To the Members of the United States Congress:
The U.S. Chamber of Commerce strongly opposes H.R. 8573 / S. 4676, the “Net Neutrality and Broadband Justice Act.” Members of Congress who refrain from cosponsoring this legislation will receive credit for the Leadership component of the Chamber’s “How They Voted” rating.
While the Chamber supports codifying net neutrality rules into law, we express strong objections on the legislation’s classification of broadband under Title II of the Communications Act. Safeguarding the modern Internet requires modern regulations, not a 1930s-era public utility framework crafted for the days of the rotary phone. Today’s regulatory framework for broadband empowers the private sector to invest tens of billions of dollars to close the digital divide and modernize broadband networks, all while Americans benefit from steady prices for Internet service.
The approach taken under this bill is likely to cause significant negative consequences for the Internet economy. First, in the two years that Title II was last in effect, broadband expenditures dropped for the first time outside the context of a recession; this lost investment could have been used to connect rural Americans and other unserved communities. Private sector investment is particularly necessary now to meet the Administration’s goal of universal broadband service.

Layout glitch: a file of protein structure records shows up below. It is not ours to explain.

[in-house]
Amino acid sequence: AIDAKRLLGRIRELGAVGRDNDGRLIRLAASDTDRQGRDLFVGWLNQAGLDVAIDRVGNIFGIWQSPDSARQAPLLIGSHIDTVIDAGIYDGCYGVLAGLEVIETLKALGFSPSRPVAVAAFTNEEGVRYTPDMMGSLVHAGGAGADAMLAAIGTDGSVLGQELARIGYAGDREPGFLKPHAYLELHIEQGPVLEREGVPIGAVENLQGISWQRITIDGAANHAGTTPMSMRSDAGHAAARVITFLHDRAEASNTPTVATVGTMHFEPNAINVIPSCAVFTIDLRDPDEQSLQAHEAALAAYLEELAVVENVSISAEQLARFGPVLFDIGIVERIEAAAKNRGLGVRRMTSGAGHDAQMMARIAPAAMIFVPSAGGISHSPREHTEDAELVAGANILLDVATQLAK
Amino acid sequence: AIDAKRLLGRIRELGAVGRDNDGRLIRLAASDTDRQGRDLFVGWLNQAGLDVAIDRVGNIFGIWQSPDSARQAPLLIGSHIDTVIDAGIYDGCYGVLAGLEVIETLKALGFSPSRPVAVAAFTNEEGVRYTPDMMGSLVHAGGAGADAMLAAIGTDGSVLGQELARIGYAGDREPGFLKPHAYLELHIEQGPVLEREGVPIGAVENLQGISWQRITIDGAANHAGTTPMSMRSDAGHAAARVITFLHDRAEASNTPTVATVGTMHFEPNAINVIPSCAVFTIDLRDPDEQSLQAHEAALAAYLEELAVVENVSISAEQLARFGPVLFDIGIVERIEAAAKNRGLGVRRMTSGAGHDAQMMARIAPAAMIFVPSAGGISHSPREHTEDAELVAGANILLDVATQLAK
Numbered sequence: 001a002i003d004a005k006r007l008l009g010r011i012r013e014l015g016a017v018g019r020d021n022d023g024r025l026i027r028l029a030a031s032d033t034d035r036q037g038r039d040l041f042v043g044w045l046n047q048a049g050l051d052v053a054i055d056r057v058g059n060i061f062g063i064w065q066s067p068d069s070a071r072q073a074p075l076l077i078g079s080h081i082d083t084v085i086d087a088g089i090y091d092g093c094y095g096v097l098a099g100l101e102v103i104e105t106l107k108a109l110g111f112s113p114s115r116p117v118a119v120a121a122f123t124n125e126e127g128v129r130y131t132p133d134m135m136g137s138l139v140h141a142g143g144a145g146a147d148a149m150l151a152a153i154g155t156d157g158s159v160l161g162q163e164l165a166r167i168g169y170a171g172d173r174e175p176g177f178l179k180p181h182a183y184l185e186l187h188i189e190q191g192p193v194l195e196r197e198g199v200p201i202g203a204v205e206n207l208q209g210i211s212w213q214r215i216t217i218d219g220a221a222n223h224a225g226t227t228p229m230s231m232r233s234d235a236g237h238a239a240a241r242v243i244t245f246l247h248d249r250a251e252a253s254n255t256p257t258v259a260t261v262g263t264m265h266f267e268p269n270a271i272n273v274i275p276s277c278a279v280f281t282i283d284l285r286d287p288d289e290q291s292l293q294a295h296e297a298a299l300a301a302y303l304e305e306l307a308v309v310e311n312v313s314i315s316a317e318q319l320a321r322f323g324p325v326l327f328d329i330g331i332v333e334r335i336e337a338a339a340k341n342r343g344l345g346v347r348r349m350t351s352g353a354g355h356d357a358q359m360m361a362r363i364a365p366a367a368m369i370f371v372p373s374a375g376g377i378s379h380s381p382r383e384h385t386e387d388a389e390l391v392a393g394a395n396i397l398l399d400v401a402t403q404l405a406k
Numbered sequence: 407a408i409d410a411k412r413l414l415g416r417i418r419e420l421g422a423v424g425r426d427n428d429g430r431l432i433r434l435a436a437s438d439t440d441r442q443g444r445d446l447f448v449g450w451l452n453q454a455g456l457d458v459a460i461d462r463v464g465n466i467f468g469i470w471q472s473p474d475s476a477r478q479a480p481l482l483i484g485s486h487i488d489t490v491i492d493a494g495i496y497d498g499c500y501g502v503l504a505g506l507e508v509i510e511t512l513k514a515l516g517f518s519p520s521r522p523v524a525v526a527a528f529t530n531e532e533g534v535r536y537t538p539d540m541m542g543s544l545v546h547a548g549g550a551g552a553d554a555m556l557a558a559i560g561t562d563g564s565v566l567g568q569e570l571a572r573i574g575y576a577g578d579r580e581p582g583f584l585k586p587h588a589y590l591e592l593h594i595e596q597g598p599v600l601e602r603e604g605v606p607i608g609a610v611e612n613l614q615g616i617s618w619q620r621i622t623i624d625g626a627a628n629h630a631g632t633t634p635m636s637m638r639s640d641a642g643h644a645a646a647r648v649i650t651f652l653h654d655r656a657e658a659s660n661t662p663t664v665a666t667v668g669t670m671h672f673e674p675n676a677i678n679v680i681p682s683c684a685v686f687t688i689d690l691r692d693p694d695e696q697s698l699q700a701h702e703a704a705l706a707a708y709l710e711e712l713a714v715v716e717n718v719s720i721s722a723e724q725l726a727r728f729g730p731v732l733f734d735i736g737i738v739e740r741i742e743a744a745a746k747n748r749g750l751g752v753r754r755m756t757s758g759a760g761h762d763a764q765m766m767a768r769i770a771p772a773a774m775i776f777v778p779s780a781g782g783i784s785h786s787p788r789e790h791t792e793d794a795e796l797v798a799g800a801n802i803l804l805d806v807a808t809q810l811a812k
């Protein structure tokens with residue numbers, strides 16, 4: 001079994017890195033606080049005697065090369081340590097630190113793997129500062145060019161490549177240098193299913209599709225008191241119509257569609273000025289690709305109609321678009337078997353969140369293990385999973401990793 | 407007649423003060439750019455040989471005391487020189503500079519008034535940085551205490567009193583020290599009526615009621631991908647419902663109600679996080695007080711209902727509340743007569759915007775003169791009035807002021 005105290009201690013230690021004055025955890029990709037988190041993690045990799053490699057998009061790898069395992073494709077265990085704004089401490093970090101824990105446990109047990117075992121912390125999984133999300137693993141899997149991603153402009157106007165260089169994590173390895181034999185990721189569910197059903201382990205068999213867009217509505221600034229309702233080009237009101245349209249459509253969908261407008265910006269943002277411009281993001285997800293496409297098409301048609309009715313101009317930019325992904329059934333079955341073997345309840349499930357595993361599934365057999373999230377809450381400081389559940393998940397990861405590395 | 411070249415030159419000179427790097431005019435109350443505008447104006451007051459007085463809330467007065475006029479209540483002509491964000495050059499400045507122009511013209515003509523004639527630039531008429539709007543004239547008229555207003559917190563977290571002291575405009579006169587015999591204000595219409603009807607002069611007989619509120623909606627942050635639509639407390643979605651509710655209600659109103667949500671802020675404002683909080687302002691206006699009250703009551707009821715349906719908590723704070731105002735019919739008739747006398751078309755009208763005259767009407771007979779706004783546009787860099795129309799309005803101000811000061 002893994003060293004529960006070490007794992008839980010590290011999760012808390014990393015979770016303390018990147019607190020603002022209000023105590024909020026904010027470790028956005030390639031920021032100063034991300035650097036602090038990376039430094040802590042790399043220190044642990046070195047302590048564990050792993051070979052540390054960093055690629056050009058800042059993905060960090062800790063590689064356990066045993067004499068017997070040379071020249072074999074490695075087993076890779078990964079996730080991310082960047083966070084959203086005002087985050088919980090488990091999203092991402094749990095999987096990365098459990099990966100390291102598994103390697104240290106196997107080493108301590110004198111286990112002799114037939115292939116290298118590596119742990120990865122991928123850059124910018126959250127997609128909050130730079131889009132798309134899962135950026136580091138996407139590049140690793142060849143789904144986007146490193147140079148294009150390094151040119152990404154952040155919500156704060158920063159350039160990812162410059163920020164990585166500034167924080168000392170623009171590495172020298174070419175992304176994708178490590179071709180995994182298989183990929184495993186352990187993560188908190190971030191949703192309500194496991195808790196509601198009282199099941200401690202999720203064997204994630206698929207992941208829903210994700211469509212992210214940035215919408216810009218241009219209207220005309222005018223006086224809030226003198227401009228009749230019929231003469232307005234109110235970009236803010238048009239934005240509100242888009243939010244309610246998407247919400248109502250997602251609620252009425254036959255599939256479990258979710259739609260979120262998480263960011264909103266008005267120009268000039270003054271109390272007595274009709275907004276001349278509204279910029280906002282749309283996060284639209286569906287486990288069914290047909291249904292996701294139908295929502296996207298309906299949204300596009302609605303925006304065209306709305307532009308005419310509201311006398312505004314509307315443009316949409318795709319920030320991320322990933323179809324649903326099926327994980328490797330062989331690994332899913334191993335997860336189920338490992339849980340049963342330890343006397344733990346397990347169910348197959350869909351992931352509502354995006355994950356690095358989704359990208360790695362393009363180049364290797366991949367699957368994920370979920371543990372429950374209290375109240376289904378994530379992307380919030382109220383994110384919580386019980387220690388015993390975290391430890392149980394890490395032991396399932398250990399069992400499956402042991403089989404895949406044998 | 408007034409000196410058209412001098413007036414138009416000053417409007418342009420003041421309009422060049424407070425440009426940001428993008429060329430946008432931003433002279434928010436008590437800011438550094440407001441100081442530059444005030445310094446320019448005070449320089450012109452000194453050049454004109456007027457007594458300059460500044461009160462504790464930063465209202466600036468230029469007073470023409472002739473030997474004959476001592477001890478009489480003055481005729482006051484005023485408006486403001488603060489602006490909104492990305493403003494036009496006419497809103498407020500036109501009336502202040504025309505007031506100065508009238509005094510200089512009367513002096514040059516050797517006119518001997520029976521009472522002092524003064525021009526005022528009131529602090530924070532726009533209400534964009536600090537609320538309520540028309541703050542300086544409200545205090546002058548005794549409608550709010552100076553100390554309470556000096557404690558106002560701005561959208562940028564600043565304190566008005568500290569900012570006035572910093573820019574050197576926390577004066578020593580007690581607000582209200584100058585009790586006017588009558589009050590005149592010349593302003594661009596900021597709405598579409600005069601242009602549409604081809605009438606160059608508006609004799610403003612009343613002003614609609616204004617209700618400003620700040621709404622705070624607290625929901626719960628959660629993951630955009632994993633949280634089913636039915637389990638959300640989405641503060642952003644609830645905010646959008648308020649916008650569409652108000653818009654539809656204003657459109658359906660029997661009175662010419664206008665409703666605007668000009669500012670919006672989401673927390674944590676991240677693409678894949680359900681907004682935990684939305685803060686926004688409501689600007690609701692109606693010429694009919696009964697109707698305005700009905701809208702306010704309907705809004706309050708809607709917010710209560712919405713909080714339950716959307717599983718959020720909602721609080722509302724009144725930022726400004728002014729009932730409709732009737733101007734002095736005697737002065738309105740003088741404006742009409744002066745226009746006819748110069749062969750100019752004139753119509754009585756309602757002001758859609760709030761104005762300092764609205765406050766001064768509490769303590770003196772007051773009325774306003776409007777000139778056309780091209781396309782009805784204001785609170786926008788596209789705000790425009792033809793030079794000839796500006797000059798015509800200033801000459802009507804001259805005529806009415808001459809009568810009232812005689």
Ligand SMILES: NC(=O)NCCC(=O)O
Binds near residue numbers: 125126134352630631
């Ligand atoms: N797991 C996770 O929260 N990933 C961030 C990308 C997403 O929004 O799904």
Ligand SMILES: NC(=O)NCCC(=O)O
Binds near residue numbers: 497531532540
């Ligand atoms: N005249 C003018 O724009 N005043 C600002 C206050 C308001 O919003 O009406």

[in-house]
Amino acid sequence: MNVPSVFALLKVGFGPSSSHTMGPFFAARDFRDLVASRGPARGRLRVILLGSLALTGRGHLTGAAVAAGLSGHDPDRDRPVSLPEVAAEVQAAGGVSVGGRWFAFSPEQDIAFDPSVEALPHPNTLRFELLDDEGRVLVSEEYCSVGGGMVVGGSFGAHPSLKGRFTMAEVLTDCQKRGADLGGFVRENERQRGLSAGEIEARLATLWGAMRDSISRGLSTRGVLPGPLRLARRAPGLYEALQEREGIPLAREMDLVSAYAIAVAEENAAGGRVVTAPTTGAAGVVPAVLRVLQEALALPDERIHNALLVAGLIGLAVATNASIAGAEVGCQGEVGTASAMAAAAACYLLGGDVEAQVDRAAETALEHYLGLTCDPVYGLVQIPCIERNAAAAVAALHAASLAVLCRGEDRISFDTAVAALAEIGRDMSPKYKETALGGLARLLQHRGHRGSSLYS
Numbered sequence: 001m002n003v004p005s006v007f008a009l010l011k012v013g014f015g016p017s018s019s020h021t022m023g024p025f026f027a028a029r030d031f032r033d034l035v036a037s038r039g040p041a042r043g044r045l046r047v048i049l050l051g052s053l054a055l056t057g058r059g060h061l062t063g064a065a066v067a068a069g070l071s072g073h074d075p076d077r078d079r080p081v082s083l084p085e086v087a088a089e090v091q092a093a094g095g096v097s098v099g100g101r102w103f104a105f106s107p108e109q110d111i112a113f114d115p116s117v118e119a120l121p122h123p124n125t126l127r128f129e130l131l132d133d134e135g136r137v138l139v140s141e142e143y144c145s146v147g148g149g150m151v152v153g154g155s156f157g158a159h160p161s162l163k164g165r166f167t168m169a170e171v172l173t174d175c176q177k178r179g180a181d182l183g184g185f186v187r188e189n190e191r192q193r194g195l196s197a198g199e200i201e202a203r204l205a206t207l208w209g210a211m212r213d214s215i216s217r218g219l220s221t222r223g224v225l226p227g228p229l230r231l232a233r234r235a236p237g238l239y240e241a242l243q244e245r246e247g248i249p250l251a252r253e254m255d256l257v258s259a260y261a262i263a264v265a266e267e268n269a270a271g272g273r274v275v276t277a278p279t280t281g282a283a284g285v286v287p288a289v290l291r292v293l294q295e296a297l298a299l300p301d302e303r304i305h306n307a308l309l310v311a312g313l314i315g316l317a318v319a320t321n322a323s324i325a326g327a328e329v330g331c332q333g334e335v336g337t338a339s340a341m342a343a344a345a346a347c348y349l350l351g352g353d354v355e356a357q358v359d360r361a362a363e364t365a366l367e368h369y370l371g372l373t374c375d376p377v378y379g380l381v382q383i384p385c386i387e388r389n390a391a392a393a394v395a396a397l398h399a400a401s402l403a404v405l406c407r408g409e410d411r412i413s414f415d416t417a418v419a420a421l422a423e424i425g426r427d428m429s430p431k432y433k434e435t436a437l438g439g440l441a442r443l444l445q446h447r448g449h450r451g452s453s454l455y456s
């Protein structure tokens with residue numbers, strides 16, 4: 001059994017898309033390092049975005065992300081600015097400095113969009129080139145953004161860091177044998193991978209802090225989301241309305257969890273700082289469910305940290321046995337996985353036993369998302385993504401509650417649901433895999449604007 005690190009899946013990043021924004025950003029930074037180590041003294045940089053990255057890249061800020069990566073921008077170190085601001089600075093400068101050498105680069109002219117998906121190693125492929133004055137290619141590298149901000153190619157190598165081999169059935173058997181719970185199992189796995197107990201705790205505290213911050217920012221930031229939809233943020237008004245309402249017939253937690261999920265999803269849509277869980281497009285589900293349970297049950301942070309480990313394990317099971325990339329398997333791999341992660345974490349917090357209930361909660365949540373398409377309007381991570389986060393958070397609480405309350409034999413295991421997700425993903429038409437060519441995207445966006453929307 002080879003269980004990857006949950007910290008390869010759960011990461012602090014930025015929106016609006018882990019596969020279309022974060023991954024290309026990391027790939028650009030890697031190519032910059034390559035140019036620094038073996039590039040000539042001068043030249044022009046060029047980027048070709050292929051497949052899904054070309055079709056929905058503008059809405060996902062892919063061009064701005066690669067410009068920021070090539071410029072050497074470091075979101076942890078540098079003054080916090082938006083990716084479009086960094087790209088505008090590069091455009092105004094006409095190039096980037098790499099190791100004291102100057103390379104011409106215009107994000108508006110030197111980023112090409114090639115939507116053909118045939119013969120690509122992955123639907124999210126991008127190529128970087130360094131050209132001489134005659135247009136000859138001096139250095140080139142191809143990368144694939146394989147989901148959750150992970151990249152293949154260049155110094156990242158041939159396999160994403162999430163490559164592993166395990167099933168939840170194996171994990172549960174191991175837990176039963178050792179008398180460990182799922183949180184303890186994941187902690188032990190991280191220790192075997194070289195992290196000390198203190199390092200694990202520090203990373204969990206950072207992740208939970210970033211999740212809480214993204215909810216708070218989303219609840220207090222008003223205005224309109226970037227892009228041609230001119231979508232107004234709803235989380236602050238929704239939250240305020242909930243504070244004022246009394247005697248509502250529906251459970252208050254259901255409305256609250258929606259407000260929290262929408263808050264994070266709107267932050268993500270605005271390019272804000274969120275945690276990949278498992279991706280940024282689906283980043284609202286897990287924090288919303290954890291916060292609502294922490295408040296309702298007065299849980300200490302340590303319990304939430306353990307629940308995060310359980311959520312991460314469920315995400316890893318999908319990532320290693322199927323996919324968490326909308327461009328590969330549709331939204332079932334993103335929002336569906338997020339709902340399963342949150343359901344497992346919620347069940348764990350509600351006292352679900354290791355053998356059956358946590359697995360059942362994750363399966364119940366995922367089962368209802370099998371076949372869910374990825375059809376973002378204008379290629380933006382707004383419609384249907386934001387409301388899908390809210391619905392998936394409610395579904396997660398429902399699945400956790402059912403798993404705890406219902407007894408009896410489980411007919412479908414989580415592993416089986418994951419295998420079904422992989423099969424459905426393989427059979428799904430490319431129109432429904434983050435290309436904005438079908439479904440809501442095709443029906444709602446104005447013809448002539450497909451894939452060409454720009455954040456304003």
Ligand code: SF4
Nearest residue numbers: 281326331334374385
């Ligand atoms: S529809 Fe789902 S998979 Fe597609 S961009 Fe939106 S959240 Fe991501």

Second, at a time when inflation is rampant and private sector broadband companies are leading to keep costs low for service, Title II regulation will lead to a higher regulatory burden on the private sector and thus less affordable and reliable broadband service. Third and finally, granting sweeping new regulatory authority to the FCC under this bill could be used by future Federal Communications Commissions to impose fees on consumers for Internet access and to regulate prices.
Instead of pursuing utility-style regulation for broadband, the Chamber recommends that Congress continues meaningful bipartisan work to permanently codify bright-line net neutrality protections for consumers without pursuing Title II. The Chamber urges you to refrain from cosponsoring this legislation.
Neil L. Bradley
Executive Vice President, Chief Policy Officer,
And Head of Strategic Advocacy
U.S. Chamber of Commerce
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